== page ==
Monitoring regulatory change is difficult enough under ordinary circumstances. But during a pandemic, finding laws and rules and then engaging resources from a dispersed workforce for deeper analysis and implementation is difficult. Wolters Kluwer expert Elaine Duffus identifies resources available to institutions with no automated regulatory change management process to help manage the tremendous volume and scope of regulatory developments occurring in a period of extraordinary change.
(As published in ABA Industry Insights)
Who is responsible for ensuring that your institution’s board or other senior leaders are informed of applicable state and federal releases related to the COVID-19 pandemic? Who is responsible for ensuring that applicable obligations associated with those releases are adhered to?
For most institutions, it is the compliance officer. Sometimes an army of one, and sometimes one managing a robust and well-trained staff and all levels of resources in between. Yet they all have the same task related to the COVID-19 pandemic of 2020—managing the onslaught of regulatory releases generated at the federal and state levels to ensure their institution is informed and compliant with emerging standards.
Furthering this difficulty is trying to determine which new standards will become permanent and which are temporary situations that will go away once the danger is past. Where should IT or other resources be committed to address the risks of non-compliance? And front and center are the customers whose protection, especially now, is paramount.
Take a deep breath and relax if your regulatory change management (RCM) process is automated AND you subscribe to all the state and federal regulatory bodies that impact your institution. Yes, the onslaught is real for your institution too, but that burden does not include scanning the horizon manually to find applicable laws, rules and regulations emerging because of the pandemic. You also likely have workflows that allow you to engage resources across the enterprise for deeper analysis of a regulatory change release and implementing or taking other required action as appropriate.
But what about those institutions whose RCM is not automated? Or those who have automated their RCM but not subscribed to the depth of coverage needed for their institution and so are only partially informed?
Help is out there. There are numerous no-cost resources available that provide financial institutions the information they need to stay informed and on top of emerging changes. Many of those free resources are provided by companies and law firms in the business of selling advice or solutions related to regulatory change. They understand that now is the time for leveraging their knowledge, products, and services to help any institution that needs it—regardless of a firm’s interest or inclination to purchase products or services from that resource.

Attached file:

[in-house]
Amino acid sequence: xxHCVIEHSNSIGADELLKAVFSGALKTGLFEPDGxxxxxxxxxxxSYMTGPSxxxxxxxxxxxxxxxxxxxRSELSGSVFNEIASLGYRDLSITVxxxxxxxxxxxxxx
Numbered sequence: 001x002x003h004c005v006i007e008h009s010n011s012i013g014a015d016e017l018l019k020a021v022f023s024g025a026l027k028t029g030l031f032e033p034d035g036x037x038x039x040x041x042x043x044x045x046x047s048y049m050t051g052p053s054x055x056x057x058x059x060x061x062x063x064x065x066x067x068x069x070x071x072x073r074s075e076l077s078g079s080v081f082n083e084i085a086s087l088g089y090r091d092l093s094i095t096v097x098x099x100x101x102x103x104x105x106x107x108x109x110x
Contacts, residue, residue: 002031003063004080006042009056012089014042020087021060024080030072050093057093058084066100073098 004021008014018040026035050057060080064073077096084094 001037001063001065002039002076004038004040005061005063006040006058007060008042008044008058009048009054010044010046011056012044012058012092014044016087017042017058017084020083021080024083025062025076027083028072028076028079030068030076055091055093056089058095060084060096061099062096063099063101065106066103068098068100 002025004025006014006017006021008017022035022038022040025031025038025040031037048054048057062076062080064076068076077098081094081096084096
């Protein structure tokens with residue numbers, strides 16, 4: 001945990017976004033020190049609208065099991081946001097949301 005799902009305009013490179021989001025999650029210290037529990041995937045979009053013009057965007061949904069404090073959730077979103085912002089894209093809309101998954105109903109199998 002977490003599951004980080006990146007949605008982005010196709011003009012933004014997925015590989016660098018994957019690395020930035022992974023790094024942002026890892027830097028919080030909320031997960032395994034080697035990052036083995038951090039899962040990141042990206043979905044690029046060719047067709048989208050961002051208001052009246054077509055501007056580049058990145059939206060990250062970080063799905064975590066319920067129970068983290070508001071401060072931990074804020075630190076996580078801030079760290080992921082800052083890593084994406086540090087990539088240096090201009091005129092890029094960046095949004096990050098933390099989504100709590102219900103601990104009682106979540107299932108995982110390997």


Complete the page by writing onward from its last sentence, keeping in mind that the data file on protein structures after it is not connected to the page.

My own employer, Wolters Kluwer, is helping by providing easily downloadable updates of notable financial industry regulatory developments for use by U.S. insurance companies, as well as banking and securities institutions around the world.
The American Banking Association (ABA) is another valuable resource for members to track COVID-19 development in an easily downloadable format for federal banking regulators and agencies.
The ABA also has a member resource dedicated to U.S. state releases related to COVID-19, as well as a member resource area listing of ABA partners offering their own forms of help in this time of need.
The good news is that there are myriad resources for financial institutions to tap into that will help reduce the burden—and risks—of trying to keep pace with regulatory changes related to the pandemic, such as delayed filing dates.
The not so good news is that with the focus on the pandemic and its many impacts, some institutions may struggle to stay on top of the day-to-day U.S. federal regulatory developments and their regular compliance obligations unrelated to COVID-19. If your institution is facing this problem, consider tapping into a resource on the St. Louis Federal Reserve site, which provides timely and full coverage of all U.S. federal banking regulators. This information is easily downloaded for institutions relying on spreadsheets and available in an RSS feed for delivery to your email or automated solution.
There have been some notable developments in the world of regulatory change for U.S. banks in the recent past unrelated to COVID-19 that are now out for comment. A redacted list is provided below. The full listing is available with links to the rule summaries and pdf’s of the Federal Register releases on the St. Louis Federal Reserve website .
Following are U.S. federal banking regulatory releases out for comment that may bear attention: